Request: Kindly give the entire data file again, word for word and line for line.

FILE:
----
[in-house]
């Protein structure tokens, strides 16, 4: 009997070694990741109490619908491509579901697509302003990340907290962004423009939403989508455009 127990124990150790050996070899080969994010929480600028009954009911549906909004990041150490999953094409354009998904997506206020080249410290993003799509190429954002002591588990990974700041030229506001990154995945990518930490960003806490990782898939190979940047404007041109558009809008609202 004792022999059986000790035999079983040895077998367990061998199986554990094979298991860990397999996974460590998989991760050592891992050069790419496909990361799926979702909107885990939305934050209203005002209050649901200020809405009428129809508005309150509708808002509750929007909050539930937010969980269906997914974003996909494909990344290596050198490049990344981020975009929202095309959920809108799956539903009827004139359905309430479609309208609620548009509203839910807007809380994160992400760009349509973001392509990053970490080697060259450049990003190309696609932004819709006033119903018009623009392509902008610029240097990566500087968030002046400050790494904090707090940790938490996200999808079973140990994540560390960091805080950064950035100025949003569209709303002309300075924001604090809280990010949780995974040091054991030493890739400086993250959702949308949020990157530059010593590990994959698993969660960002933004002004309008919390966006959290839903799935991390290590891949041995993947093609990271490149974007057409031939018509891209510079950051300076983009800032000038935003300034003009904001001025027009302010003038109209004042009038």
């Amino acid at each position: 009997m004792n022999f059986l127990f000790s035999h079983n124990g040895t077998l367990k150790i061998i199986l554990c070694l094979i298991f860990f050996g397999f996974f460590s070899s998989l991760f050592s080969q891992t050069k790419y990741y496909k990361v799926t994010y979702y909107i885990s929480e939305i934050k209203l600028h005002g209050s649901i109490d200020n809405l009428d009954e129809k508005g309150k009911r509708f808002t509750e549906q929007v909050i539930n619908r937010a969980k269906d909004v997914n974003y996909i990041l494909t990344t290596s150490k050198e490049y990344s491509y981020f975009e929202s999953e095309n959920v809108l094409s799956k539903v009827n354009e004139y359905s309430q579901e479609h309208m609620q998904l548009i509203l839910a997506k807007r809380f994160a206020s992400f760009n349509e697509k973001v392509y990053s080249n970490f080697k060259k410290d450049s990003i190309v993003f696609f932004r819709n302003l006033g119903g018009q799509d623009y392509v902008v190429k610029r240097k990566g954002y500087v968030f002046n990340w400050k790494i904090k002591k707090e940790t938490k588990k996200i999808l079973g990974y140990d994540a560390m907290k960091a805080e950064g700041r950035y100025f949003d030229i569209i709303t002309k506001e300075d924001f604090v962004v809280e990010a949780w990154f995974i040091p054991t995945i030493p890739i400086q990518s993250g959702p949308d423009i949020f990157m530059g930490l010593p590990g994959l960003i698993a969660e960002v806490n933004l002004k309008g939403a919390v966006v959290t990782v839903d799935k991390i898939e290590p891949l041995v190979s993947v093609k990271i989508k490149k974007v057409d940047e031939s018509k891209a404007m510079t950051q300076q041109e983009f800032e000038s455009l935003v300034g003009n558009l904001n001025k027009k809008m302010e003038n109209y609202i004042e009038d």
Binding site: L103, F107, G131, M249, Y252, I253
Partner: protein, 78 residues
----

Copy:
[in-house]
């Protein structure tokens, strides 16, 4: 009997070694990741109490619908491509579901697509302003990340907290962004423009939403989508455009 127990124990150790050996070899080969994010929480600028009954009911549906909004990041150490999953094409354009998904997506206020080249410290993003799509190429954002002591588990990974700041030229506001990154995945990518930490960003806490990782898939190979940047404007041109558009809008609202 004792022999059986000790035999079983040895077998367990061998199986554990094979298991860990397999996974460590998989991760050592891992050069790419496909990361799926979702909107885990939305934050209203005002209050649901200020809405009428129809508005309150509708808002509750929007909050539930937010969980269906997914974003996909494909990344290596050198490049990344981020975009929202095309959920809108799956539903009827004139359905309430479609309208609620548009509203839910807007809380994160992400760009349509973001392509990053970490080697060259450049990003190309696609932004819709006033119903018009623009392509902008610029240097990566500087968030002046400050790494904090707090940790938490996200999808079973140990994540560390960091805080950064950035100025949003569209709303002309300075924001604090809280990010949780995974040091054991030493890739400086993250959702949308949020990157530059010593590990994959698993969660960002933004002004309008919390966006959290839903799935991390290590891949041995993947093609990271490149974007057409031939018509891209510079950051300076983009800032000038935003300034003009904001001025027009302010003038109209004042009038």
């Amino acid at each position: 009997m004792n022999f059986l127990f000790s035999h079983n124990g040895t077998l367990k150790i061998i199986l554990c070694l094979i298991f860990f050996g397999f996974f460590s070899s998989l991760f050592s080969q891992t050069k790419y990741y496909k990361v799926t994010y979702y909107i885990s929480e939305i934050k209203l600028h005002g209050s649901i109490d200020n809405l009428d009954e129809k508005g309150k009911r509708f808002t509750e549906q929007v909050i539930n619908r937010a969980k269906d909004v997914n974003y996909i990041l494909t990344t290596s150490k050198e490049y990344s491509y981020f975009e929202s999953e095309n959920v809108l094409s799956k539903v009827n354009e004139y359905s309430q579901e479609h309208m609620q998904l548009i509203l839910a997506k807007r809380f994160a206020s992400f760009n349509e697509k973001v392509y990053s080249n970490f080697k060259k410290d450049s990003i190309v993003f696609f932004r819709n302003l006033g119903g018009q799509d623009y392509v902008v190429k610029r240097k990566g954002y500087v968030f002046n990340w400050k790494i904090k002591k707090e940790t938490k588990k996200i999808l079973g990974y140990d994540a560390m907290k960091a805080e950064g700041r950035y100025f949003d030229i569209i709303t002309k506001e300075d924001f604090v962004v809280e990010a949780w990154f995974i040091p054991t995945i030493p890739i400086q990518s993250g959702p949308d423009i949020f990157m530059g930490l010593p590990g994959l960003i698993a969660e960002v806490n933004l002004k309008g939403a919390v966006v959290t990782v839903d799935k991390i898939e290590p891949l041995v190979s993947v093609k990271i989508k490149k974007v057409d940047e031939s018509k891209a404007m510079t950051q300076q041109e983009f800032e000038s455009l935003v300034g003009n558009l904001n001025k027009k809008m302010e003038n109209y609202i004042e009038d």
Binding site: L103, F107, G131, M249, Y252, I253
Partner: protein, 78 residues